It’s no secret that we adore Susan Meissner around here. We’ve chosen her novels the last three years as book club picks. And we couldn’t resist the opportunity to share her newest, The Girl In The Glass, with you. We know you’ll want to read it, so we’ve got a copy up for grabs. Simply leave a comment on this post and we’ll toss your name in the hat.
I am often asked where I got the idea for a novel I’ve written. Many times I can point to a specific event where the idea sprang to mind; other times I can’t recall that I had anything more work to with than just asking myself the question, “What if…?”
The idea behind The Girl in The Glass is one of those that grew from the tiniest seed. I guess you could say it began on a sunny afternoon in Florence, Italy, when my tour guide told me she lives in a house that was once owned by Michelangelo – yep, the Michelangelo – and that it seems like a ghost inhabits it. Things happen that can’t really be explained, she said. Noises. Objects that disappear and reappear. Stuff like that.
It was fleeting moment of discussion during lunch and we only had the one day with her and plenty to see, of course, so she didn’t elaborate. She wasn’t suggesting she lives with Michelangelo’s ghost nor even suggesting that ghosts exist. Only that it seems like she lives with one.
Right after lunch, this same tour guide showed us the massive Uffizi, the former offices of the Medici family and now a museum of jaw-dropping art. She carefully pointed out all Medici portraits and told us what each of them had done — or what had been done to them, as the case might have been. The Medicis, if you remember, ruled Florence dynasty-fashion for three hundred years. They were business owners and bankers who ruled like royalty but behaved, for the most part, very badly. They were known for their ruthless shrewdness, self-serving politicking, and they weren’t above a murder or two or using the papacy for their own ends. And yet they financed the Italian Renaissance. We have Michelangelo’s David and Botticelli’s Primavera because of Medici money. They loved beauty and yet were drawn to ugly living. That fascinated me. Add that perspective to the idea that a ghost might be hanging around like Jacob Marley, whispering sage advice to someone who would listen, and I had an idea for a story that began in Florence with “What if?”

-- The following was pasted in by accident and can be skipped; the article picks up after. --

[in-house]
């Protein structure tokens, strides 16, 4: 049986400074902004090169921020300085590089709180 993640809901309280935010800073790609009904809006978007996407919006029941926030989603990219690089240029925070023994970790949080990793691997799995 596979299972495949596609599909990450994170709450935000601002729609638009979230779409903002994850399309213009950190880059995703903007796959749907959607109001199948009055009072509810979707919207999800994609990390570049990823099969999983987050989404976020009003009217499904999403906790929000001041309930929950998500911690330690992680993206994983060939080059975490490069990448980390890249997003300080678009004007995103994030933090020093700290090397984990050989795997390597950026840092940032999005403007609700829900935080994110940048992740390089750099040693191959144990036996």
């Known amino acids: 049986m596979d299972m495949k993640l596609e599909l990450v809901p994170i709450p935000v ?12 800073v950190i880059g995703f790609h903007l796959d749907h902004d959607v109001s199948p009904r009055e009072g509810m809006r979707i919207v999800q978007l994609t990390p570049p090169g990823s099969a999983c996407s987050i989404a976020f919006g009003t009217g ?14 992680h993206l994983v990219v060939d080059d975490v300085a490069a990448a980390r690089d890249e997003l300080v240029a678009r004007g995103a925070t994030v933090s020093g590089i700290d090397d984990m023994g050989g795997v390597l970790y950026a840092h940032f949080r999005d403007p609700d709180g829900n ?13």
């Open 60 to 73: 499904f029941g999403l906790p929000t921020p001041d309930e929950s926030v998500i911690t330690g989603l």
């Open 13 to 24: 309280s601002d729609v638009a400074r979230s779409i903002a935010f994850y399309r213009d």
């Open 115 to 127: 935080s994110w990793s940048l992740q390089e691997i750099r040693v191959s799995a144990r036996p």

What if a modern-day woman named Meg feels a bit unlucky in love and life? What if she is still smarting from a broken engagement as well as the long-ago effects of her parents divorce? What if she wants more than anything to find a certain statue in Florence depicted in a painting her Italian grandmother had; a painting that disappeared when Nonna died? What if Meg’s habitually unreliable father, who has promised for years to take Meg to Florence, finally arranges the trip, but when Meg arrives, he’s a no-show? What if Meg is a travel book editor who only knows three people in Florence who can help her when her dad’s AWOL? A brother-and-sister writing team she’s only ever talked to on Skype, and an aspiring writer named Sofia whose manuscript pages speak of a Medici princess who whispers to Sofia from within the great masterpieces of the Italian Renaissance like a ghost with a cautionary tale?
This story didn’t come all at once, like some stories do. This one came bit by bit as I pored over my photographs and souvenir books of Florence, and as I replayed conversations with the tour guide who told me all about the Medici family and the curious things that happen inside her house. It just got me to thinking…
Someone might read this post or even read the book and think I believe in ghosts. What I believe is that the past has much to teach us. I look at how most of the Medicis lived and I know I am right. How we listen to the past is up to us, I think.
I like listening to the past through the medium of story.
Susan Meissner is a multi-published author, speaker and writing workshop leader with a background in community journalism. Her novels include The Shape of Mercy, named by Publishers Weekly as one of the 100 Best Novels of 2008. She and her husband make their home in Southern California. Visit Susan at her website: www.susanmeissner.com on Twitter at @SusanMeissner or at www.facebook.com/SusanMeissnerAuthor